As with water, this color is caused by the absorption of both red and yellow light (leaving light at the blue end of the visible light spectrum). The absorption spectrum of ice is similar to that of water, except that hydrogen bonding causes all peaks to shift to lower energy – making the color greener. This effect is augmented by scattering within snow, which causes the light to travel an indirect path, providing more opportunity for absorption. From the surface, snow and ice present a uniformly white face. This is because almost all of the visible light striking the snow or ice surface is reflected back, without any preference for a single color within the visible spectrum.

The situation is different for light that is not reflected, but penetrates or is transmitted into the snow. As this light travels into the snow or ice, the ice grains scatter a large amount of light. If the light is to travel over any distance it must survive many such scattering events. In other words, it must keep scattering and not be absorbed. We usually see the light coming back from the near surface layers (less than 1 cm) after it has been scattered or bounced off other snow grains only a few times, and it still appears white.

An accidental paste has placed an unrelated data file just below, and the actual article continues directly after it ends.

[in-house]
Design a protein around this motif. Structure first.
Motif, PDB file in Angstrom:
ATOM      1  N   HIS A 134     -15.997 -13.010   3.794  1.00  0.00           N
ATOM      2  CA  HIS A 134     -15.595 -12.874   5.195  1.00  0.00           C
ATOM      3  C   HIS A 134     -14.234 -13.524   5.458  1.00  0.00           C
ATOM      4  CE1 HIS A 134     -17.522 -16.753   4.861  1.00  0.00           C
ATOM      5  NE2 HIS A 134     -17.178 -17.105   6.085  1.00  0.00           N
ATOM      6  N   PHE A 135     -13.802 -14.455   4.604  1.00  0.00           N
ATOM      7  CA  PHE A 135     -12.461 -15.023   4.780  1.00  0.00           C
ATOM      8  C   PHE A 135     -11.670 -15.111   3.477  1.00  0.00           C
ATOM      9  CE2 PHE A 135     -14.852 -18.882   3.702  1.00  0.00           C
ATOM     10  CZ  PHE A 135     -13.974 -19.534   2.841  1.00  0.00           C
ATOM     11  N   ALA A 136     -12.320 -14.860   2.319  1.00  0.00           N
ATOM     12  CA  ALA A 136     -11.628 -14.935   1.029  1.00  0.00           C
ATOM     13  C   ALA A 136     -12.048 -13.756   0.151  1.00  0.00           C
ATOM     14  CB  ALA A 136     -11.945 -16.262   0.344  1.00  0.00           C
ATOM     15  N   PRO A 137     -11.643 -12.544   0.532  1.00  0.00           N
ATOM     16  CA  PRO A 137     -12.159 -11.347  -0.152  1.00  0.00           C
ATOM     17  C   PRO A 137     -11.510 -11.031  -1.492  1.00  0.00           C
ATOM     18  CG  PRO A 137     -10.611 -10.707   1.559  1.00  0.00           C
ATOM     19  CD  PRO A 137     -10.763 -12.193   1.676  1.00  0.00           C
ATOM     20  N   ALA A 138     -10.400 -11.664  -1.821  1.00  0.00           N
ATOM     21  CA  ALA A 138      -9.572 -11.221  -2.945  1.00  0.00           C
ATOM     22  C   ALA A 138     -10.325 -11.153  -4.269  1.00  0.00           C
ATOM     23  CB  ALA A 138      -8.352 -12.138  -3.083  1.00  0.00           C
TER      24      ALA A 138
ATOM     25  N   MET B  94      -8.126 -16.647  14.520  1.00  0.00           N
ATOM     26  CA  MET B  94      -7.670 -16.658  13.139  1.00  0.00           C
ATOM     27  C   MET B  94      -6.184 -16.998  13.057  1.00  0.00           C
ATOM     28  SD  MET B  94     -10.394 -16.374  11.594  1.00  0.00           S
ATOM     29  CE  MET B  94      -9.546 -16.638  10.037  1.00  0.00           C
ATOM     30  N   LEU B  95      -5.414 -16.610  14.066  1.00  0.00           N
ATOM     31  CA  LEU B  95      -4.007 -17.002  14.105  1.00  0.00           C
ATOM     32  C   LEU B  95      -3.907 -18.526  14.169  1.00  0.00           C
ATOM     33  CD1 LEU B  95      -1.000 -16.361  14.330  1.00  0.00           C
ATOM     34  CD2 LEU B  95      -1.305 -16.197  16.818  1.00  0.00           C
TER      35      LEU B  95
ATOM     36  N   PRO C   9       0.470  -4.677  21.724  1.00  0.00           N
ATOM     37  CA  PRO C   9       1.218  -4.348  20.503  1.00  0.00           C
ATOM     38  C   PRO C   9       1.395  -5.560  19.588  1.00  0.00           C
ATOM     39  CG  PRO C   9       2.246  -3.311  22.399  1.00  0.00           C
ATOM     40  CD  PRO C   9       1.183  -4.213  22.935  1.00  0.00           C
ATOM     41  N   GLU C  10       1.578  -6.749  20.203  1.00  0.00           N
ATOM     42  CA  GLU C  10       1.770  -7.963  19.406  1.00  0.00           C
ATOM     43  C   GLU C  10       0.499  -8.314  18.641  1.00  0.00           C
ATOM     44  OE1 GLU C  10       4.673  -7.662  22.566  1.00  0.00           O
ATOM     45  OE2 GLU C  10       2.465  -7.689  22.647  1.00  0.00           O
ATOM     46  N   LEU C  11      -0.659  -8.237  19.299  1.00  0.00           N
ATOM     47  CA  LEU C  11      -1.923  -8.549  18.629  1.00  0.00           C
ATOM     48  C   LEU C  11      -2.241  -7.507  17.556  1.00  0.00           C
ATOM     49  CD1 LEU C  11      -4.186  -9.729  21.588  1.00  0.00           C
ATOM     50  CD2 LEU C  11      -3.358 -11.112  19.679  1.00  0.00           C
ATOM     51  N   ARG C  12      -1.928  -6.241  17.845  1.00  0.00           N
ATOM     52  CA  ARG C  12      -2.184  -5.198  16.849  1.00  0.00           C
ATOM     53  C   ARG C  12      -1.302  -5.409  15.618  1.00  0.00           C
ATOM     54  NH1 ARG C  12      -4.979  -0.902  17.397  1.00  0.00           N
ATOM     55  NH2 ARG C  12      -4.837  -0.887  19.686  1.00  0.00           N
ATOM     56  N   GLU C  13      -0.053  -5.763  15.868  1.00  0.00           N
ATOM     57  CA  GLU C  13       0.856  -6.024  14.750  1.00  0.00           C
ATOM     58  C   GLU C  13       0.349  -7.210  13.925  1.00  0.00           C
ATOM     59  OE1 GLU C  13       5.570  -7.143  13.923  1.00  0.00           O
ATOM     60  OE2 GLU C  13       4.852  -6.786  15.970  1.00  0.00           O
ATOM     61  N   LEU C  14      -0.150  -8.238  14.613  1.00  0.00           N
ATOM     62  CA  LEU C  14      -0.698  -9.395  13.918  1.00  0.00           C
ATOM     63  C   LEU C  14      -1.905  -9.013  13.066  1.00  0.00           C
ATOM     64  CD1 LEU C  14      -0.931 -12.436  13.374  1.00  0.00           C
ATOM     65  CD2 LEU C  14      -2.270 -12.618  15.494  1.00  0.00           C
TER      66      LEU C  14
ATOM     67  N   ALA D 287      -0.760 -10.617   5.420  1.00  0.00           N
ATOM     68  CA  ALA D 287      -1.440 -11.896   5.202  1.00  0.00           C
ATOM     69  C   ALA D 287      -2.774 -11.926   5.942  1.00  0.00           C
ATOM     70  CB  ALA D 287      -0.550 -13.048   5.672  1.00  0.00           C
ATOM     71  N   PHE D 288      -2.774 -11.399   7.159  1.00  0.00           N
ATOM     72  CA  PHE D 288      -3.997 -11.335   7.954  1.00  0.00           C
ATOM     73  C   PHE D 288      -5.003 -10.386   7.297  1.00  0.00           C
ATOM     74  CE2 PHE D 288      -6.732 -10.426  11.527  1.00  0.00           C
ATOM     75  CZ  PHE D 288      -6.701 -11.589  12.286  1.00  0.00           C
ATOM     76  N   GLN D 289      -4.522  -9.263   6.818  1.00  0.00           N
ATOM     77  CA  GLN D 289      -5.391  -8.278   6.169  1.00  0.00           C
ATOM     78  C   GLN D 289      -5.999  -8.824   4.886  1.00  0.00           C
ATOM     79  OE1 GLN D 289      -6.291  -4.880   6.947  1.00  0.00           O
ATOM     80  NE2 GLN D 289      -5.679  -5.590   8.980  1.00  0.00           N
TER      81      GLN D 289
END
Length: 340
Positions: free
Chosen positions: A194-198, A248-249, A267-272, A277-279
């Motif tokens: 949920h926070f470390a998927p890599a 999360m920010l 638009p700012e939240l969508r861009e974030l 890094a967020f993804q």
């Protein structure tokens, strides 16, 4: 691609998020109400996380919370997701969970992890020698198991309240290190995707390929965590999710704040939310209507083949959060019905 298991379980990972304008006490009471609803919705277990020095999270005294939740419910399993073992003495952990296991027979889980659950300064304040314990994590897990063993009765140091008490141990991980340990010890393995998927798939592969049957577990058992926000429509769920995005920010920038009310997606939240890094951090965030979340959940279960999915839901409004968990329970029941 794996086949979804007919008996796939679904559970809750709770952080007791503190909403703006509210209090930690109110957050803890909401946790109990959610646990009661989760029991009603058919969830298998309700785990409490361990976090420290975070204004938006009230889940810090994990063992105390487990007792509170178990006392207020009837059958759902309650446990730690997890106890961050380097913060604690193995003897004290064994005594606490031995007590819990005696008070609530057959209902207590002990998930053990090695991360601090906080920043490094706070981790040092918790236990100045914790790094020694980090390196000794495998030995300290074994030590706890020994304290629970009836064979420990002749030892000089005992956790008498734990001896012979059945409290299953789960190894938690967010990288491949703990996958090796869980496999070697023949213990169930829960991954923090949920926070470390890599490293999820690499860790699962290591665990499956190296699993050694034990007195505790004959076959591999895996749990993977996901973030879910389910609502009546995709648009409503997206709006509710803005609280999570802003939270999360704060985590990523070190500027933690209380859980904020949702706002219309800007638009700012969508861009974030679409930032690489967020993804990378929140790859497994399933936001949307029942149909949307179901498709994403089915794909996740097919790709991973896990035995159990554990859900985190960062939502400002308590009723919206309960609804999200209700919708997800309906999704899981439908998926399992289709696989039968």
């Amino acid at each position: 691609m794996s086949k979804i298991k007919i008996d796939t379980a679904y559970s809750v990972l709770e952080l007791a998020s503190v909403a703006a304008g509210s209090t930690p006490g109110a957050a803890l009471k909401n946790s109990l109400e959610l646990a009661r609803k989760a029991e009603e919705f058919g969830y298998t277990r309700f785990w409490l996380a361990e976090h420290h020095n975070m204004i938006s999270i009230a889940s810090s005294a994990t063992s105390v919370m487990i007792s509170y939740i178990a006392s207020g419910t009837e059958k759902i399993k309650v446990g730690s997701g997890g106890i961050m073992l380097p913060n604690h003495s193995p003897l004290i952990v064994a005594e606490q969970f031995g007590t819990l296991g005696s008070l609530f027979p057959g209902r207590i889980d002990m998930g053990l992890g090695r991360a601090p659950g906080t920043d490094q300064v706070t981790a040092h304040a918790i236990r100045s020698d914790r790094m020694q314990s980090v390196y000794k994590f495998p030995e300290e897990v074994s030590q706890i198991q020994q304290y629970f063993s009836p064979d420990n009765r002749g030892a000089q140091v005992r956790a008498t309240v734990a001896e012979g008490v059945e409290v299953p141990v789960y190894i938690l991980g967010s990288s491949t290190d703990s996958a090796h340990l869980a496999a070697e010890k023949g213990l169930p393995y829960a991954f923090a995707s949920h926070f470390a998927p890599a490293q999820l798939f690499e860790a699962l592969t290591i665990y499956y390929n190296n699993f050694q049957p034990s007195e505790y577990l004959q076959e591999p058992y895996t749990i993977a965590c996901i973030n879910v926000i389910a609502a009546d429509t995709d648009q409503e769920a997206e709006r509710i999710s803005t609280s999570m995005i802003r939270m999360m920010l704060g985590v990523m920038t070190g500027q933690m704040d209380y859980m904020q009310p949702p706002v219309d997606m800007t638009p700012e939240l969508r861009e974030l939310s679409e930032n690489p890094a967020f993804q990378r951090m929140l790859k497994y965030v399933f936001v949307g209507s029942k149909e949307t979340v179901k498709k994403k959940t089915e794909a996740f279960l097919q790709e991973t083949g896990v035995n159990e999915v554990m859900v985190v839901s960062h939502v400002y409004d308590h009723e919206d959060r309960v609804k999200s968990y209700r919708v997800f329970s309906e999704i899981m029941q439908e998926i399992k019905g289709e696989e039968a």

In simplest of terms, think of the ice or snow layer as a filter. If it is only a centimeter thick, all the light makes it through; if it is a meter thick, mostly blue light makes it through. This is similar to the way coffee often appears light when poured, but much darker when it is in a cup.